The Way of the Dinosaur

Today is the day! I’m calling out for questions for the Ask Erik magazine column, so email me ONE question (preferably succinct rather than long-winded) to It’s first come, first serve, and I can only take ten. The deadline is midnight tonight, central time. 

Another housekeeping note, since this Thursday is Thanksgiving, we won’t be having the Hour of Enlightenment radio show, but we’ll be back with bells on next week. 

Speaking of Thanksgiving, I did all my meal planning and shopped for groceries yesterday. Not my fave thing to do. On the menu is a Martha Stewart roasted turkey. The secret to a beautifully bronzed bird is to put a bottle of white wine in a bowl with three sticks of melted butter, then soak a cheesecloth in that liquid and cover the turkey with the cloth. Then baste with that same liquid a various intervals. I’m also making a fried turkey but will inject marinade under its skin first. The sides will include buttermilk garlic mashed potatoes, homemade stuffing, peas in olive oil and thyme, homemade gravy, cheddar cheese biscuits, potato leek soup and cranberry sauce. I might be forgetting something. Lukas will be in charge of the desserts because he’s a master chef in that category. Everyone else is responsible for the horrendous job of cleaning up, but I try to clean as I go. 

At the table will be Rune and me, Michelle and her hubby, Nick, Lukas and Annika, Arleen, Lukas’s friend, Vivian, and our own, Robert. The latter two have no family here so we’ve adopted them for all holidays. Erik’s framed portrait will be on the table, too, as always. I’m sure he’ll be enjoying the feast in his own way. I’m thankful that he’s happy and fulfilled, but I sure would love to see him in his usual chair, chowing down. 

Me: Now a lot of people are worried about, during The Shift, you mentioned that some animals will become extinct. Basically here’s the question: “Why do some animals become extinct?”

Erik: This has been happening for a long time.

Me: Yeah, I know!

Erik: It’s still happening. Why do they go extinct? Because the environment can’t sustain them anymore. Part of it is we, as humans, are fucking it up, and part of it is because of the solar flares. It could be the ozone layer. You know, we’re all in it together.

Me: Well, what about before we were even around? Some animals did go extinct then.

Erik: Thank god those dinosaurs went extinct!

Jamie giggles.

Me: Yeah, well that’s true.

Jamie (still giggling): Glad to see you so happy, Erik.

Erik: Again, that was because the environment couldn’t sustain them anymore. I mean, as humans we’re doing pretty damn good in trying to dampen the weather patterns and other things. We put out fires. Forests are used to—they’re trained over thousands and thousands of years to have a cleansing period where they get burnt to the ground.

Me: Um hm.

Erik: But hell, we’ve built our house in the forest so we can’t let that shit happen.

Me: I know.

Erik: So, right then and there a lot of the seeds and the structures of plant life are used to being burnt crispy to help them adapt to what the nature is, and they’re not being, you know, allowed that cycle. It’s only in the last twenty years that we’ve realized that burn cycles are important. So, we do controlled burning. Man, you and I, we’ve gotta give a huge shout out to all of the people in the fires right now.

Me: Yeah, that’s true. We’re learning. We’re learning. On the other hand, animals that do become extinct are just not on the earthly plane. It’s not like they don’t exist anywhere. They’re just in another dimension. So, we pull at our heartstrings and feel guilty because of our perception of death.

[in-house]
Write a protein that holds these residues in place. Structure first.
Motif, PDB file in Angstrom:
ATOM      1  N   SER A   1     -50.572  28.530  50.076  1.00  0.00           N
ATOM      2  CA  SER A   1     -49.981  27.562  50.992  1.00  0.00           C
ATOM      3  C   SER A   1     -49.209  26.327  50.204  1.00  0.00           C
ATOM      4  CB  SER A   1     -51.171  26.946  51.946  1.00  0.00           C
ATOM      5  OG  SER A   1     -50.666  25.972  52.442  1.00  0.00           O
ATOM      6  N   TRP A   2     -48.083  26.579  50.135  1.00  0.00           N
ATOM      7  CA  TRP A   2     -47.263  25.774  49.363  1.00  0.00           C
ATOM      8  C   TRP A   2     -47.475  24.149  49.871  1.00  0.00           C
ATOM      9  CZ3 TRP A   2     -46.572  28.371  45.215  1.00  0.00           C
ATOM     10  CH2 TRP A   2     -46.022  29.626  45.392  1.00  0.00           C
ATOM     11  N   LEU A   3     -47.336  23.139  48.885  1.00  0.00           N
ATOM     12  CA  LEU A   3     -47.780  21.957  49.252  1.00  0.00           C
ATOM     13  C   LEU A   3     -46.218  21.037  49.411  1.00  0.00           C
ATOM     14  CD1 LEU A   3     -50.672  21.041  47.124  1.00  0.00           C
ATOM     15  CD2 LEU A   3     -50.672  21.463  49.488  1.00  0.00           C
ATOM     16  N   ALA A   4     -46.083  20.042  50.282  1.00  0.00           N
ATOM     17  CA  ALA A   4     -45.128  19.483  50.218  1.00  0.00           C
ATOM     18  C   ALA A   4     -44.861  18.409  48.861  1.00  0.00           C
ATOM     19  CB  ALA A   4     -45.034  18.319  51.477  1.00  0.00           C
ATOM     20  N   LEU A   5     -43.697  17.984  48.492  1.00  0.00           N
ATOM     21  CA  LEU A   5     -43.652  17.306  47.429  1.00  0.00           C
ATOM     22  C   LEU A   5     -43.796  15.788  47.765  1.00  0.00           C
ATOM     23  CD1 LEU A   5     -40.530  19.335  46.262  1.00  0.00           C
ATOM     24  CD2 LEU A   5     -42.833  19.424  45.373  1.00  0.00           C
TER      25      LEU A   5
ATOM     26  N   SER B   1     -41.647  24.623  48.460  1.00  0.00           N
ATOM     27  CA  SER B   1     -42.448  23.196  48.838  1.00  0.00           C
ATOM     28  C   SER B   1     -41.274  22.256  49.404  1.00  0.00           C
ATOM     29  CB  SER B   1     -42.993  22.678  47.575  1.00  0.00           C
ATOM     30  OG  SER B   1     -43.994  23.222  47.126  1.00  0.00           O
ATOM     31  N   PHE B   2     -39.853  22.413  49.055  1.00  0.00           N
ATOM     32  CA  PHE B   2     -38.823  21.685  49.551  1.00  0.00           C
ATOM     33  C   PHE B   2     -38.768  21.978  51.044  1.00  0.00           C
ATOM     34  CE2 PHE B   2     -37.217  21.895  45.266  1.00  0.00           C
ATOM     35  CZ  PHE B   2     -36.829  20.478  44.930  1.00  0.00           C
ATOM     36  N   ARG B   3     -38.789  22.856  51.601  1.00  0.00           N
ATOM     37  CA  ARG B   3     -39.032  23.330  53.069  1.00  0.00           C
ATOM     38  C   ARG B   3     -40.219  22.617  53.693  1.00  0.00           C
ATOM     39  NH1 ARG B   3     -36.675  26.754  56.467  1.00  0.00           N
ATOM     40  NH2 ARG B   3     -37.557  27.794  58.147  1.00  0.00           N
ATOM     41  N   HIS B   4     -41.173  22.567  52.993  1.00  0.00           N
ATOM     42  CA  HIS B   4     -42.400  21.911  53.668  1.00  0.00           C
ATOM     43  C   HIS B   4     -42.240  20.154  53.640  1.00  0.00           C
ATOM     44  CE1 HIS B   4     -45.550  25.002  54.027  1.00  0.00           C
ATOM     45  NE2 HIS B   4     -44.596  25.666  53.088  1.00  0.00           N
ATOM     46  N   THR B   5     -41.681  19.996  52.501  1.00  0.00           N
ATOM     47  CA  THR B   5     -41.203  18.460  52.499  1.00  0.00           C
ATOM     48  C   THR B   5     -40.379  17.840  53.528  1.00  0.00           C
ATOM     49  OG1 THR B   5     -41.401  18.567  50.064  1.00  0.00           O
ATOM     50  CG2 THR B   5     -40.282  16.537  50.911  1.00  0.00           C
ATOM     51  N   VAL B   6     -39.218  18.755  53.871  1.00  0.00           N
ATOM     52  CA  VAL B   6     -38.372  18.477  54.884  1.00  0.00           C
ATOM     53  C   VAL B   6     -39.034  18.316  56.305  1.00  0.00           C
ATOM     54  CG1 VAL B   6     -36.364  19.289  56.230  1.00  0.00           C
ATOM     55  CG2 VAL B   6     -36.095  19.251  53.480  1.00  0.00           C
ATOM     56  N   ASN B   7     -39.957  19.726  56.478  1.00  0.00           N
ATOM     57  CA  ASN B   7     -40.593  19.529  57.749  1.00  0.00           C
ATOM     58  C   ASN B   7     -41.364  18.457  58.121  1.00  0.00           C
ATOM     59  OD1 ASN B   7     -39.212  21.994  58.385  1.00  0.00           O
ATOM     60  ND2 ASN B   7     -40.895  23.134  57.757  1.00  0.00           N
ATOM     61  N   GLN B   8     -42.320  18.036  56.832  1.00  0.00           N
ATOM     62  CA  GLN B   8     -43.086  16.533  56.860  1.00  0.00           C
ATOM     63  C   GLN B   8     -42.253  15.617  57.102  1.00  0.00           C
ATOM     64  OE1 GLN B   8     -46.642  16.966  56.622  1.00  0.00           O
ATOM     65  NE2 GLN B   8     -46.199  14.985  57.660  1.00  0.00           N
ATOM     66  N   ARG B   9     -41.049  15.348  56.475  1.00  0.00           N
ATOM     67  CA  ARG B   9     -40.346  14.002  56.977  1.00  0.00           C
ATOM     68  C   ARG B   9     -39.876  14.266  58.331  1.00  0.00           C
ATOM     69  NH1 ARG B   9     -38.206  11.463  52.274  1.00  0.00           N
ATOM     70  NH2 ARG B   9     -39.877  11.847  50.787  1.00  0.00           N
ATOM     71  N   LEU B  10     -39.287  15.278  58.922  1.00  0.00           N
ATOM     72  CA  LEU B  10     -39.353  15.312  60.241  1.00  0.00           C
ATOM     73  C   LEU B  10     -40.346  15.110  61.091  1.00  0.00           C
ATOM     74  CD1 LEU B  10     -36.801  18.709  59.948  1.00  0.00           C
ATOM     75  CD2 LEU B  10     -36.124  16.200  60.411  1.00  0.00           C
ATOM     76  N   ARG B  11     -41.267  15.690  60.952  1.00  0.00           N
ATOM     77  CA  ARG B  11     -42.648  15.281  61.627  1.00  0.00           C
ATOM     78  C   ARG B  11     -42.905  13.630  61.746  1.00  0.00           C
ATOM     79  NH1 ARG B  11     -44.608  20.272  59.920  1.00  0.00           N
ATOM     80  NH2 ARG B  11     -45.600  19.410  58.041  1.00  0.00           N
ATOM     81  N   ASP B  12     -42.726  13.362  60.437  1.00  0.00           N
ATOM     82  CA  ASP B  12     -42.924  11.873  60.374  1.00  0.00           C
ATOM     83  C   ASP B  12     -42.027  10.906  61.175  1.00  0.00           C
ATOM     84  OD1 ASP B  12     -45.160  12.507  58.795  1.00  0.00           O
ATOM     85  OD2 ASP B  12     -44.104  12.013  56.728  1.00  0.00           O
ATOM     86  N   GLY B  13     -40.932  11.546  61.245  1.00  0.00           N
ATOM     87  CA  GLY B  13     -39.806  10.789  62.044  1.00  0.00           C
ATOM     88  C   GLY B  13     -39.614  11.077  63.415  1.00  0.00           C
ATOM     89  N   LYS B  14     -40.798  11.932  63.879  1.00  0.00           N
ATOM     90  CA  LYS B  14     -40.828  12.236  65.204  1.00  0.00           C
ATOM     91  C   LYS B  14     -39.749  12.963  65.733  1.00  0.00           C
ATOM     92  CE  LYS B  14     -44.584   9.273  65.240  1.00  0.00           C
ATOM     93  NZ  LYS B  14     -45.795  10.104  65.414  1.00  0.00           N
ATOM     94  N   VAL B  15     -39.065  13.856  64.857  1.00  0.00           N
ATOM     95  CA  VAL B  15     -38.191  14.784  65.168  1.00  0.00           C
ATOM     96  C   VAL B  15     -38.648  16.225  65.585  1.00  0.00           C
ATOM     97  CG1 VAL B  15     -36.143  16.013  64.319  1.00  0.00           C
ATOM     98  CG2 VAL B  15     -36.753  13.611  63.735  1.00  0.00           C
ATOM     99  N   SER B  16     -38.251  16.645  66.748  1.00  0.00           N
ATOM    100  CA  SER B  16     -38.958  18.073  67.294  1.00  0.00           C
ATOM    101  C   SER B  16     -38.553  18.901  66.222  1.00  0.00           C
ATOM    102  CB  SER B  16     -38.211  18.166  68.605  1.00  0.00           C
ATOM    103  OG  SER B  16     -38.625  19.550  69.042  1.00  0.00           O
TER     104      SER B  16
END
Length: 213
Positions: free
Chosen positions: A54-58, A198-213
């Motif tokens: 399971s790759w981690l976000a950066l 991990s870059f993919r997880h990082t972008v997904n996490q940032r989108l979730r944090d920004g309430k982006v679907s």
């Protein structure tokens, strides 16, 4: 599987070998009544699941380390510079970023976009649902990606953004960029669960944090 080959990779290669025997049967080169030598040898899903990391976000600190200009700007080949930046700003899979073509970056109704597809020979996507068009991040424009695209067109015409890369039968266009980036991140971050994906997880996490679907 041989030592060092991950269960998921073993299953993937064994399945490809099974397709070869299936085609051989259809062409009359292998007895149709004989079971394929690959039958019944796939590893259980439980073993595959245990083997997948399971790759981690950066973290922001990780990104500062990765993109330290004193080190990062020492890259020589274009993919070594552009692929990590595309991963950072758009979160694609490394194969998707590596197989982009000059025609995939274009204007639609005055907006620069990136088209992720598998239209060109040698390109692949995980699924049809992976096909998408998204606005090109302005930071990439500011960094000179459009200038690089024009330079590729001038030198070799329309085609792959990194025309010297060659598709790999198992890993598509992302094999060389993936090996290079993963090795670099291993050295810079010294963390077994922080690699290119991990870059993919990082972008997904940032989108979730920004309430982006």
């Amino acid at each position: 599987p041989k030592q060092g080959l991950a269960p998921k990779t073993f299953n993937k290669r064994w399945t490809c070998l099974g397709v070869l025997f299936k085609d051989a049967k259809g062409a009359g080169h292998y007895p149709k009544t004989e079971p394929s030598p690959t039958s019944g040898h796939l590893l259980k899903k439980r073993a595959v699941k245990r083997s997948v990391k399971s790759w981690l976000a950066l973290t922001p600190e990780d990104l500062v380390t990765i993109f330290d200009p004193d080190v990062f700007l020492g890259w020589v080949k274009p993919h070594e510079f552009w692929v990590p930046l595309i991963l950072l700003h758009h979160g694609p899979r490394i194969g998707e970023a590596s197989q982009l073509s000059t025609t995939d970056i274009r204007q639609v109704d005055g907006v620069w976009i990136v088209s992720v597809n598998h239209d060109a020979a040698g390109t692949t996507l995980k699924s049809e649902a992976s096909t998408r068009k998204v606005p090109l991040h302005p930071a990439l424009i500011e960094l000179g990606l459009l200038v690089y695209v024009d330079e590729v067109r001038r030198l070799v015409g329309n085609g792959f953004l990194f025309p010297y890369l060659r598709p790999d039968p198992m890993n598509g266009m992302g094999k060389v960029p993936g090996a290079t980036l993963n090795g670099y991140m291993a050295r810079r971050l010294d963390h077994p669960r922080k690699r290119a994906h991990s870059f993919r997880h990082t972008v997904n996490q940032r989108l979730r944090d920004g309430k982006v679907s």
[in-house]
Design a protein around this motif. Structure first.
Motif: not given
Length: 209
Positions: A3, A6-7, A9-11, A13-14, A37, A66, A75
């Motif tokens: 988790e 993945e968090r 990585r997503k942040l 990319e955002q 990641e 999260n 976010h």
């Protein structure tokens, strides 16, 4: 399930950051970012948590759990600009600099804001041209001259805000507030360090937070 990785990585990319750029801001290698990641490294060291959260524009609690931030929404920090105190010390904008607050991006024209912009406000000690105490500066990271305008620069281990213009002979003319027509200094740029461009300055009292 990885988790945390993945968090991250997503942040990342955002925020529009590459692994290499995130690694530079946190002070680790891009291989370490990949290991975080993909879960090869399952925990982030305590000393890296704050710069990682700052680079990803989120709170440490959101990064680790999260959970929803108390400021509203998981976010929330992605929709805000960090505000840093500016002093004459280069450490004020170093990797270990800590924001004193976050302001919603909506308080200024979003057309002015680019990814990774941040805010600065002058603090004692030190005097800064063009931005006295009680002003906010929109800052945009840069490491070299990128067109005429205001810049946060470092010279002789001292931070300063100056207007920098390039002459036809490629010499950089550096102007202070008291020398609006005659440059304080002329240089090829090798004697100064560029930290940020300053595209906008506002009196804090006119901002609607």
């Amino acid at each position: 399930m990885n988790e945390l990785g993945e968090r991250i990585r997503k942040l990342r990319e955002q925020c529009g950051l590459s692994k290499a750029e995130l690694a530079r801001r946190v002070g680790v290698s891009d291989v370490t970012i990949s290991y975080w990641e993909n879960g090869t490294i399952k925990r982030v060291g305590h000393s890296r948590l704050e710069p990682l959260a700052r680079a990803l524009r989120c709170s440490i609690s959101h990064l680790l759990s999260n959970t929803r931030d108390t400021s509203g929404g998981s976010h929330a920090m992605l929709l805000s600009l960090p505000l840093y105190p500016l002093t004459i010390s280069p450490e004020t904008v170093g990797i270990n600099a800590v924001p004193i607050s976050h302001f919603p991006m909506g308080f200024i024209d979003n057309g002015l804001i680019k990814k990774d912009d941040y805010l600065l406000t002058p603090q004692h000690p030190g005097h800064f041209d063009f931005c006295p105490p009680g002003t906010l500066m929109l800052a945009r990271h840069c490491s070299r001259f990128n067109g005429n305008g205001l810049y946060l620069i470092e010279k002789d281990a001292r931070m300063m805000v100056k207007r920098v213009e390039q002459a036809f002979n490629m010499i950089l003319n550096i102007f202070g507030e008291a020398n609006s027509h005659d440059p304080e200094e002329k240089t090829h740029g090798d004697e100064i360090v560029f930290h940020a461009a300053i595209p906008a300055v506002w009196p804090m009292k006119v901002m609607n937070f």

Erik: Right.

Me: So, what’s wrong with them going extinct?

Erik: Well, what’s wrong with that is we lose that role that they contributed to the environment.

Me: I see. I understand. Well, along the same lines, here’s another question from a reader: “My heart aches for the animals. Erik says we should go green, and I agree with him, but will that be possible when most animals will be gone? Nature behaves interdependently. Won’t the soil be ruined when the myriad of tiny organisms are no longer there to do their job? And what about rivers, lakes and seas and oceans? How sad it is to know that my lifetime struggles to save this planet as we know it with the amazing variety of life that it has onboard will disappear. My question for Erik would be, if he can tell us, if the animals will be coming back sometime in the future or not and what their future will be like in Heaven meaning if they’ll evolve or not.”

Erik: Many of the species on Earth are evolving, and we even have new evolutionary strikes with animals.

Me: Evolutionary what?

Jamie: He calls it growth, like they’re striking out and they’re evolving, getting different—


Jamie giggles.

Jamie: Getting different phalanges? That’s such a funny word!

Me: Different fingers?

Erik: Yeah, different shaped fingers in certain animals like sloths.

Me: Okay.

Erik: So, they are continuing to evolve; they’re not standing still, They’re better survivors than we are, because we’ve adapted ourselves to controlled environments.

Me: Oh, yeah.

Erik: So, those who pass over, whether from extinction or individual deaths, their souls do survive in Heaven. You just remember that you’re part of it.

Me: Um hm.

Jamie: He never shows me—


Jamie: I’m sorry. I asked a question, “Will Earth be barren?” You know, kind of like Mars or something.

Me: Um hm.

Jamie: And he never shows that image to me.

Me: Well, that’s good!

Jamie: As far as he knows, it never gets like a desert, barren.

Me: Will humans be on Earth forever?

Erik: We’ll always learn how to adapt, because we create controlled environments.

Me: Okay. Anything else on this subject?

Erik: Nah.

Me (chuckling): Nah.

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Elisa Medhus

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